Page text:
Maternal-Fetal Medicine

Maternal-Fetal Medicine


The largest group of maternal-fetal medicine (MFM) specialists in the state provides diagnosis and management of special and complicated pregnancies caused by high blood pressure, diabetes and other maternal disorders or diseases. They also are specialists in the diagnosis of fetal diseases and difficulties as well as placental problems.

University Women's Care, a part of University of Mississippi Medical Center, provides comprehensive maternal and fetal assessments using leading-edge diagnostic tools and treatments help determine appropriate care for the mother and her unborn baby.

The MFM program does not provide primary obstetrical care except in high-risk situations, where its specialists work in concert with the referring obstetrician-gynecologist (OB/GYN).

Services

  • Maternal care

    • Consultation for pregnancy disorders
    • Management of pregnant patients with medical or surgical disorders
    • Genetic counseling
      • Prenatal counseling and screenings help couples determine risks for a fetal genetic disorder. University Women's Care maternal-fetal medical specialists work in collaboration with a multidisciplinary team to provide prospective parents with fact-based information.
  • Special obstetric surgery

  • Fetal ultrasound

    A fetal ultrasound, or sonogram, is best described as a “window into the womb.” The pain-free procedure uses high-frequency sound waves to produce images of a baby in the uterus. The images help evaluate fetal growth and development and determine how a pregnancy is progressing.

  • Doppler flow studies of fetus, cord, placenta and uterus

    Non-invasive doppler ultrasonography measures blood flow to the placenta and in the umbilical cord connecting the placenta and fetus. These measurements can be helpful indicators of fetal well-being in pregnancies complicated by intrauterine growth restriction, severe fetal anemia or other disorders or diseases.

  • Fetal echocardiography

    Congenital heart defects are among the most common birth defects, occurring in approximately one in every 125 live births. Fetal echocardiograms provide early images for congenital heart disease diagnosis and treatment plans.

  • Amniocentesis and amnioreduction

    Amniotic fluid surrounds and protects a fetus during pregnancy contains fetal cells and other chemicals produced by the baby. A sample of the fluid can be tested for abnormalities, lung maturity and presence of infection or other illnesses. Amniocentesis also may include amnioreduction, reducing an excessive accumulation of amniotic fluid (polyhydramnios) in the uterus.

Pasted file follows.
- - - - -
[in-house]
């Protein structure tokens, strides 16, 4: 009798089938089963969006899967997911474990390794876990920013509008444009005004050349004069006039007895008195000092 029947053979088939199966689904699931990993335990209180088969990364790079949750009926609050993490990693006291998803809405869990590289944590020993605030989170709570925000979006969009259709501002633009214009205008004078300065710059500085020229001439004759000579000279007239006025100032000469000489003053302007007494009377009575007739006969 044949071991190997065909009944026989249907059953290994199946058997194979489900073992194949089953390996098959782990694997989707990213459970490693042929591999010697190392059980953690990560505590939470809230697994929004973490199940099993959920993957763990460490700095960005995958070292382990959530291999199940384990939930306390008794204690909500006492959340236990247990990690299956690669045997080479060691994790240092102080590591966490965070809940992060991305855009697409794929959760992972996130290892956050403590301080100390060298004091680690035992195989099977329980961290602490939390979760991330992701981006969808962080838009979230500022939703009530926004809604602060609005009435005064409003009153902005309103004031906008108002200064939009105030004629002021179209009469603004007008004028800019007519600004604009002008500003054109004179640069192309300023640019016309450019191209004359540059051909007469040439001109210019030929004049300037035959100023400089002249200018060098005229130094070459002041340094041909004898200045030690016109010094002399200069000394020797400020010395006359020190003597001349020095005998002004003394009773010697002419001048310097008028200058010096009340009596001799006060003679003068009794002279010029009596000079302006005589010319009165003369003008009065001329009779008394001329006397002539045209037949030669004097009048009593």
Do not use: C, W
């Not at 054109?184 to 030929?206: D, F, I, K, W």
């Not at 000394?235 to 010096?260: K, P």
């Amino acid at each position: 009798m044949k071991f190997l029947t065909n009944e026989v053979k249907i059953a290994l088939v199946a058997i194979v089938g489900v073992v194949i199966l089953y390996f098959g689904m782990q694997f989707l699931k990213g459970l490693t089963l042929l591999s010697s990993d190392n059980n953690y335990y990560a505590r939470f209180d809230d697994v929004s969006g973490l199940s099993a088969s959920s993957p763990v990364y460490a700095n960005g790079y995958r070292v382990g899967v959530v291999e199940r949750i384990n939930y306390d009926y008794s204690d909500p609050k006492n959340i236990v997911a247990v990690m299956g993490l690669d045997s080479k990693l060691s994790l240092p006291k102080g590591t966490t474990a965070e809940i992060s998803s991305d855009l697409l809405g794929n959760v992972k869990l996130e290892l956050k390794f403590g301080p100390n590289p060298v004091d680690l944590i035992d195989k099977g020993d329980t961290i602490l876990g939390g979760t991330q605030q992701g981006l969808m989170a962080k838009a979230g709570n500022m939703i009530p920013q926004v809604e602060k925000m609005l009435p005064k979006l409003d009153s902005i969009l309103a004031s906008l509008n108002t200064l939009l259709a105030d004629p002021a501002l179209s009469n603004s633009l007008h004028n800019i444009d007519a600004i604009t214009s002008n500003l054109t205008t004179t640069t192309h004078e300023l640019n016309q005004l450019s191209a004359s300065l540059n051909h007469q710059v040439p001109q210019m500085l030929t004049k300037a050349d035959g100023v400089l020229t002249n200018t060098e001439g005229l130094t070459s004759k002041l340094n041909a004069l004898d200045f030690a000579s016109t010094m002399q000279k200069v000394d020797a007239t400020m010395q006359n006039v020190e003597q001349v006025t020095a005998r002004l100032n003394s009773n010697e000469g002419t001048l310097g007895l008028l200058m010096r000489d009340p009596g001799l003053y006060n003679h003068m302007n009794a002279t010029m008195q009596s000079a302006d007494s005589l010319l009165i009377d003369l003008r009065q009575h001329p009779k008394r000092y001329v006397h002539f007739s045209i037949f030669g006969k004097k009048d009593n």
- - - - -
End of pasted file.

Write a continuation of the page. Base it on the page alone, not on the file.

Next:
• Biophysical profile

    The non-invasive biophysical test helps the maternal-fetal medicine specialist determine the well-being of the fetus in high-risk pregnancies, if the fetus is too small or not growing, or if the mother has too much or too little amniotic fluid. The test, usually performed during the last trimester, combines ultrasound imaging and fetal heart rate monitoring. When the biophysical profile identifies a compromised fetus, measures can be taken to intervene before progressive metabolic acidosis leads to fetal death.

  • Fetal fluid drainage procedures for diagnosis and therapy

    The maternal-fetal medicine care team uses needle drainage and shunting procedures to draw excess fluids that may hamper fetus growth or well-being. Fluids also can be withdrawn for testing purposes.

  • First and second trimester screening for aneuploidy

    Specialized testing is available to screen for aneuploidy, a term used to describe conditions caused by an extra or missing chromosome carrying genetic information. The risk for aneuploidy increases with the woman’s age regardless of family or medical history. Conditions that cause chromosome abnormalities include Down syndrome, Turner syndrome, trisomy 18 and trisomy 13.

  • Intra-uterine fetal transfusion

    Transfusions to the fetus provide healthy blood to counter fetal anemia or to replace fetal red blood cells that are being destroyed by a Rh-sensitized mother’s immune system. Transfusions can be given through the fetal abdomen or more commonly by delivering blood into the umbilical vein.

  • Chorionic villus sampling

    A small sample of tissue is removed by needle or catheter from the chorion, part of developing placenta, for genetic testing. The procedure, usually done between 10 and 13 weeks of gestation, can include tests for Down syndrome, cystic fibrosis, genetic conditions and paternity.

  • Cordocentesis

    A sample of fetal blood is removed from the umbilical cord during this invasive procedure to detect blood disorders. Findings may include toxoplasmosis, rubella, rhesus iso-immunization, metabolic disorders, hemophilia or life-threatening anemia as well as suspected growth retardation.

Related information from the Mayo Clinic Health Library

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